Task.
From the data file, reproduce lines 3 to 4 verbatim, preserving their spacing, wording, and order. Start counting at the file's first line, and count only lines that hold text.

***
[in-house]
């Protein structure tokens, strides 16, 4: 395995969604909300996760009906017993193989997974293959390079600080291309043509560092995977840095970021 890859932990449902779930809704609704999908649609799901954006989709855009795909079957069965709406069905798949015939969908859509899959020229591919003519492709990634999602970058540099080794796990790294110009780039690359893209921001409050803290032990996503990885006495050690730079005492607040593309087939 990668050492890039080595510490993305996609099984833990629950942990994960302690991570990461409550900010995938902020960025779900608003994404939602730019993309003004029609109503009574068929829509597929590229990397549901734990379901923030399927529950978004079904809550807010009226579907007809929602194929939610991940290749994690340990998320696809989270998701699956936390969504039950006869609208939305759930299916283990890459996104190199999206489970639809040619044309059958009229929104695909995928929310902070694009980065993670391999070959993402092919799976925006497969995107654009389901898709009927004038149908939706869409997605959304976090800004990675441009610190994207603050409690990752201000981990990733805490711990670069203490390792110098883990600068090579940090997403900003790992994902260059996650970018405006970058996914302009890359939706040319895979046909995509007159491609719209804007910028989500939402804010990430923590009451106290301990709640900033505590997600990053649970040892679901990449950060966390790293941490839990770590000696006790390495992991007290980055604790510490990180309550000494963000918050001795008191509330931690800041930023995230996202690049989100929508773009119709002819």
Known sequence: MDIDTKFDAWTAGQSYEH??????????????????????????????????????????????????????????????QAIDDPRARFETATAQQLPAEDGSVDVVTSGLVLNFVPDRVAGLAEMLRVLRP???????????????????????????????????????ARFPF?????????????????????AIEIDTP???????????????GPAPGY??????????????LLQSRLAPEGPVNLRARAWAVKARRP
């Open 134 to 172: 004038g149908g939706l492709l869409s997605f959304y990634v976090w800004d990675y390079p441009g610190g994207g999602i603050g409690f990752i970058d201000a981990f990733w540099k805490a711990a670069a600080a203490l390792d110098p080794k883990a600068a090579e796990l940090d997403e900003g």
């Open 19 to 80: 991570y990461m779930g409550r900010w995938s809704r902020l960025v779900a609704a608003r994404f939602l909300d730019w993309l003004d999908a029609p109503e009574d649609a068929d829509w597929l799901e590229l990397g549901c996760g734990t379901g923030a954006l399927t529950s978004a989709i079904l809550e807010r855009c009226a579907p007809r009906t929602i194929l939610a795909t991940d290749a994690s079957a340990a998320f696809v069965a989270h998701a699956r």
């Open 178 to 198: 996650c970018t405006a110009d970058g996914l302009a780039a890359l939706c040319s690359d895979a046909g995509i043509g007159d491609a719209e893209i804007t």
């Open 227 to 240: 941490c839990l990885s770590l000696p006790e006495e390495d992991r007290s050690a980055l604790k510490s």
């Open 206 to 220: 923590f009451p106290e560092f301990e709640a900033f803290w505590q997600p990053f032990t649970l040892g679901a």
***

Known sequence: MDIDTKFDAWTAGQSYEH??????????????????????????????????????????????????????????????QAIDDPRARFETATAQQLPAEDGSVDVVTSGLVLNFVPDRVAGLAEMLRVLRP???????????????????????????????????????ARFPF?????????????????????AIEIDTP???????????????GPAPGY??????????????LLQSRLAPEGPVNLRARAWAVKARRP
């Open 134 to 172: 004038g149908g939706l492709l869409s997605f959304y990634v976090w800004d990675y390079p441009g610190g994207g999602i603050g409690f990752i970058d201000a981990f990733w540099k805490a711990a670069a600080a203490l390792d110098p080794k883990a600068a090579e796990l940090d997403e900003g």